The Effects of Sensory Issues on the Experience of Worship by Autistic People
NViTA Summer Fellowship, University of St. Andrew’s, Summer 2021
Dr Léon van Ommen (University of Aberdeen, Scotland) and Dr Katy Unwin (Olga Tennison Autism Research Centre, La Trobe University, Australia)
Within the psychological and developmental literature, sensory processing is described as a “critical cornerstone” for understanding autism, with sensory issues having knock-on effects on multiple areas of life (e.g. social functioning). Therefore, it is unsurprising that the sensory environment of liturgy and worship could impact autistic experience and engagement. To fully understand this aspect of liturgy and worship, in this project we employ scientific methods and engage with the autism sensory literature.
Theologically, the aim of worship services is to facilitate the meeting between God and God’s people. As such it is important to know in which ways the embodied, sensory aspects of liturgy and worship help or hinder autistic participants to encounter God. Thus, an underlying question emerges: what is theologically at stake in the way Christian communities consider the sensory aspects of their worship? How can sensory issues – as experienced through the lens of autism – impact our understanding of liturgy and therefore our liturgical theology? We aim to address these questions through the following main question: In what ways do sensory issues impact autistic worshipers’ experience of worship and how does that impact their encounter with God?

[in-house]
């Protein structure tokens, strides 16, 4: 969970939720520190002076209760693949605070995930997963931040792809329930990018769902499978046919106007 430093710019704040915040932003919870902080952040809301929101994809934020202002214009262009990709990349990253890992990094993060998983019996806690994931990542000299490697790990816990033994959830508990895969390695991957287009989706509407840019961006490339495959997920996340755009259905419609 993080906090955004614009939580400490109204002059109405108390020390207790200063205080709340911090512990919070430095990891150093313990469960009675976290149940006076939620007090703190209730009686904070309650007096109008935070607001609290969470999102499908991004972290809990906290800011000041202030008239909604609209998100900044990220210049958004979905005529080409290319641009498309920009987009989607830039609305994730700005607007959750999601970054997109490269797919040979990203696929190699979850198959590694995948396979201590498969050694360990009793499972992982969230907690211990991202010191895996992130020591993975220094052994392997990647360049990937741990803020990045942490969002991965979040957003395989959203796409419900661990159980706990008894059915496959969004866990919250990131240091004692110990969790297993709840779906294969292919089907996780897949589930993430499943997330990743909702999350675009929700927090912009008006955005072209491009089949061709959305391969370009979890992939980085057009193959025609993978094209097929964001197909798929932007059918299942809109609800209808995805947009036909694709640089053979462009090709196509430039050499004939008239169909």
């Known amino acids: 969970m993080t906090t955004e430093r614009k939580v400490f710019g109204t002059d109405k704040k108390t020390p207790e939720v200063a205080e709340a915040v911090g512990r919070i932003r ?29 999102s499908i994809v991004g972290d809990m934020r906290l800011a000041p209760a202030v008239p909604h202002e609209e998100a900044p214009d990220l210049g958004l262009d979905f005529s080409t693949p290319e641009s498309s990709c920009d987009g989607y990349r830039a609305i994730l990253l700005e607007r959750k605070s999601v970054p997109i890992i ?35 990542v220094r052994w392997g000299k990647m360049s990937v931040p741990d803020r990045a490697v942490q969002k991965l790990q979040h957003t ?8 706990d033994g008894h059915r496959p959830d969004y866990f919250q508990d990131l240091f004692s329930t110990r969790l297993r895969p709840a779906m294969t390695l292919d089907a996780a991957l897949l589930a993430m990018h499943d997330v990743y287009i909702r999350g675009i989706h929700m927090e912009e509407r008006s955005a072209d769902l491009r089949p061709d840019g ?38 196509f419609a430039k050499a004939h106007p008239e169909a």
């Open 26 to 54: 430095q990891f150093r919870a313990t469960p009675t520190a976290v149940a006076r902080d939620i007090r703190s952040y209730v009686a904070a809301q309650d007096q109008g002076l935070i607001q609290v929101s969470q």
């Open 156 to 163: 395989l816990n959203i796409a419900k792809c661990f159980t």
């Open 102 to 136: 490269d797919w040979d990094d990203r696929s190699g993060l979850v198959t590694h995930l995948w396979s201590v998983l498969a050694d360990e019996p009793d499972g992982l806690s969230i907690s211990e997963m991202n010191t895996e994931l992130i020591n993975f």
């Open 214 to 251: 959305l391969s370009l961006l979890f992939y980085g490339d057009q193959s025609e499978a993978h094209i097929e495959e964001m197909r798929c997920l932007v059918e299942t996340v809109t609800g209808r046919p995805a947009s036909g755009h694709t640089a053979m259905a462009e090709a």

This project, situated in Practical Theology and engaging with Psychological Science, analyses in-depth interviews with autistic individuals about their experience and understanding of liturgy. Through the NViTA Summer Fellowship we take the essential first steps in solving this ‘theological puzzle’ through psychological analysis of sensory issues in worship and addressing theologically what this means for encountering God, engaging with the psychological literature and theories of sensory processing, theologies of autism, and liturgical studies.